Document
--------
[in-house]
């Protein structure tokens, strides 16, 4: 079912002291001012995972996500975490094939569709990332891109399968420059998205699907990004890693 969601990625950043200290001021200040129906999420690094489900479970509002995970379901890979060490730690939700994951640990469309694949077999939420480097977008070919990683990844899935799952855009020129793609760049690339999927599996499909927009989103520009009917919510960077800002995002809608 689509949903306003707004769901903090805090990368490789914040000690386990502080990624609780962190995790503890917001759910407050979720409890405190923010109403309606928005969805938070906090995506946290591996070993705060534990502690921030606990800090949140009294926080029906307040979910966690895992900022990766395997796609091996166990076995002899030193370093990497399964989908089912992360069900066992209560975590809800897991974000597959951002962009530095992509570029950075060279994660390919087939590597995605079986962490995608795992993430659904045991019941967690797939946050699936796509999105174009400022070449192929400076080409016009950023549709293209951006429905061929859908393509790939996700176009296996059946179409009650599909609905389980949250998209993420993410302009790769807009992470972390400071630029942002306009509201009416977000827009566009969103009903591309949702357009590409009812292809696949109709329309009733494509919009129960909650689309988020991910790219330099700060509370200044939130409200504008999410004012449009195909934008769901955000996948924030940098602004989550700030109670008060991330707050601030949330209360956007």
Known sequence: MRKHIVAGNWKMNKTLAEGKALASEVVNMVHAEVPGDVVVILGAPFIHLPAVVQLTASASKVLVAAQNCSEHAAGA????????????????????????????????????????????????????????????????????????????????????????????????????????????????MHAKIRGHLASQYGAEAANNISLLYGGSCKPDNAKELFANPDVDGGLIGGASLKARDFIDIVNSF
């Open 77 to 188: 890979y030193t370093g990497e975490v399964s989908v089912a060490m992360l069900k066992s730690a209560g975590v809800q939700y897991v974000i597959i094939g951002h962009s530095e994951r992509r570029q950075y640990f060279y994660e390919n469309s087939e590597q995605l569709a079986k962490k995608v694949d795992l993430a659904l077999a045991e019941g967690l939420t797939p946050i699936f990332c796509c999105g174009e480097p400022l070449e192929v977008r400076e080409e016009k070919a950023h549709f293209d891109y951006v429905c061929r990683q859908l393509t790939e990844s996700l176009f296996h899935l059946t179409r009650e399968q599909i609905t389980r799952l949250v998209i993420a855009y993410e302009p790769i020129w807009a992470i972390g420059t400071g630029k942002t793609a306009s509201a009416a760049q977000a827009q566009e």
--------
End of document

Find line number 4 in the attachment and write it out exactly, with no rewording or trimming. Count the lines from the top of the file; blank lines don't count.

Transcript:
């Open 77 to 188: 890979y030193t370093g990497e975490v399964s989908v089912a060490m992360l069900k066992s730690a209560g975590v809800q939700y897991v974000i597959i094939g951002h962009s530095e994951r992509r570029q950075y640990f060279y994660e390919n469309s087939e590597q995605l569709a079986k962490k995608v694949d795992l993430a659904l077999a045991e019941g967690l939420t797939p946050i699936f990332c796509c999105g174009e480097p400022l070449e192929v977008r400076e080409e016009k070919a950023h549709f293209d891109y951006v429905c061929r990683q859908l393509t790939e990844s996700l176009f296996h899935l059946t179409r009650e399968q599909i609905t389980r799952l949250v998209i993420a855009y993410e302009p790769i020129w807009a992470i972390g420059t400071g630029k942002t793609a306009s509201a009416a760049q977000a827009q566009e």